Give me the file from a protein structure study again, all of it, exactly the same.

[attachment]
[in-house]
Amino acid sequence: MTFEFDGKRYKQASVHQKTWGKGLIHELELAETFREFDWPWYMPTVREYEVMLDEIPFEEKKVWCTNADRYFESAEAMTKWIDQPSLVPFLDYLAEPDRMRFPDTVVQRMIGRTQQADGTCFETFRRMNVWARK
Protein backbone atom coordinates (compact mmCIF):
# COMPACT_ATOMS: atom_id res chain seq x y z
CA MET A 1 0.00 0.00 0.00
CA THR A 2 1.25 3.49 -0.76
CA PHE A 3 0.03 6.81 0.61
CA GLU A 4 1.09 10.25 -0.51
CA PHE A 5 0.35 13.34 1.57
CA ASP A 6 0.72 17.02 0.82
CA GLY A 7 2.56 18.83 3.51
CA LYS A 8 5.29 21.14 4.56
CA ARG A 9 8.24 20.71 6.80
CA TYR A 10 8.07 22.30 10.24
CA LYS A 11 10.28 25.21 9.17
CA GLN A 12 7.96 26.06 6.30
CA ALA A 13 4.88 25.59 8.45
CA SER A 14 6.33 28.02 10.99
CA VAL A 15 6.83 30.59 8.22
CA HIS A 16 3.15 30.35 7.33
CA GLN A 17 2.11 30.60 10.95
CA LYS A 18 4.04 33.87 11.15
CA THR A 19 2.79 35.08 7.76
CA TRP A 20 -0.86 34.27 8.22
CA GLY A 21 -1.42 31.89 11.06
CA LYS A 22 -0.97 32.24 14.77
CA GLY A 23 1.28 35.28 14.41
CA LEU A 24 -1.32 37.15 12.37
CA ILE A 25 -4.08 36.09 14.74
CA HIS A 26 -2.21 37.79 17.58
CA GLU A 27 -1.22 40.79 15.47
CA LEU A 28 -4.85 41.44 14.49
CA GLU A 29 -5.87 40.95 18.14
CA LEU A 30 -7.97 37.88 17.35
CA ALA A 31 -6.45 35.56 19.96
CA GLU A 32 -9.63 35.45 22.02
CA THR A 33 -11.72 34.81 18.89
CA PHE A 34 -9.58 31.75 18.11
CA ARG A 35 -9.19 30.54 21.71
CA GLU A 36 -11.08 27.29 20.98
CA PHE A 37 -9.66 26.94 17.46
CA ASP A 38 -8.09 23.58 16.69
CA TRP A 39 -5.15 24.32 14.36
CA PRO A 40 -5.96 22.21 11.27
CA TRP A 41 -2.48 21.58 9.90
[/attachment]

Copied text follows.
[in-house]
Amino acid sequence: MTFEFDGKRYKQASVHQKTWGKGLIHELELAETFREFDWPWYMPTVREYEVMLDEIPFEEKKVWCTNADRYFESAEAMTKWIDQPSLVPFLDYLAEPDRMRFPDTVVQRMIGRTQQADGTCFETFRRMNVWARK
Protein backbone atom coordinates (compact mmCIF):
# COMPACT_ATOMS: atom_id res chain seq x y z
CA MET A 1 0.00 0.00 0.00
CA THR A 2 1.25 3.49 -0.76
CA PHE A 3 0.03 6.81 0.61
CA GLU A 4 1.09 10.25 -0.51
CA PHE A 5 0.35 13.34 1.57
CA ASP A 6 0.72 17.02 0.82
CA GLY A 7 2.56 18.83 3.51
CA LYS A 8 5.29 21.14 4.56
CA ARG A 9 8.24 20.71 6.80
CA TYR A 10 8.07 22.30 10.24
CA LYS A 11 10.28 25.21 9.17
CA GLN A 12 7.96 26.06 6.30
CA ALA A 13 4.88 25.59 8.45
CA SER A 14 6.33 28.02 10.99
CA VAL A 15 6.83 30.59 8.22
CA HIS A 16 3.15 30.35 7.33
CA GLN A 17 2.11 30.60 10.95
CA LYS A 18 4.04 33.87 11.15
CA THR A 19 2.79 35.08 7.76
CA TRP A 20 -0.86 34.27 8.22
CA GLY A 21 -1.42 31.89 11.06
CA LYS A 22 -0.97 32.24 14.77
CA GLY A 23 1.28 35.28 14.41
CA LEU A 24 -1.32 37.15 12.37
CA ILE A 25 -4.08 36.09 14.74
CA HIS A 26 -2.21 37.79 17.58
CA GLU A 27 -1.22 40.79 15.47
CA LEU A 28 -4.85 41.44 14.49
CA GLU A 29 -5.87 40.95 18.14
CA LEU A 30 -7.97 37.88 17.35
CA ALA A 31 -6.45 35.56 19.96
CA GLU A 32 -9.63 35.45 22.02
CA THR A 33 -11.72 34.81 18.89
CA PHE A 34 -9.58 31.75 18.11
CA ARG A 35 -9.19 30.54 21.71
CA GLU A 36 -11.08 27.29 20.98
CA PHE A 37 -9.66 26.94 17.46
CA ASP A 38 -8.09 23.58 16.69
CA TRP A 39 -5.15 24.32 14.36
CA PRO A 40 -5.96 22.21 11.27
CA TRP A 41 -2.48 21.58 9.90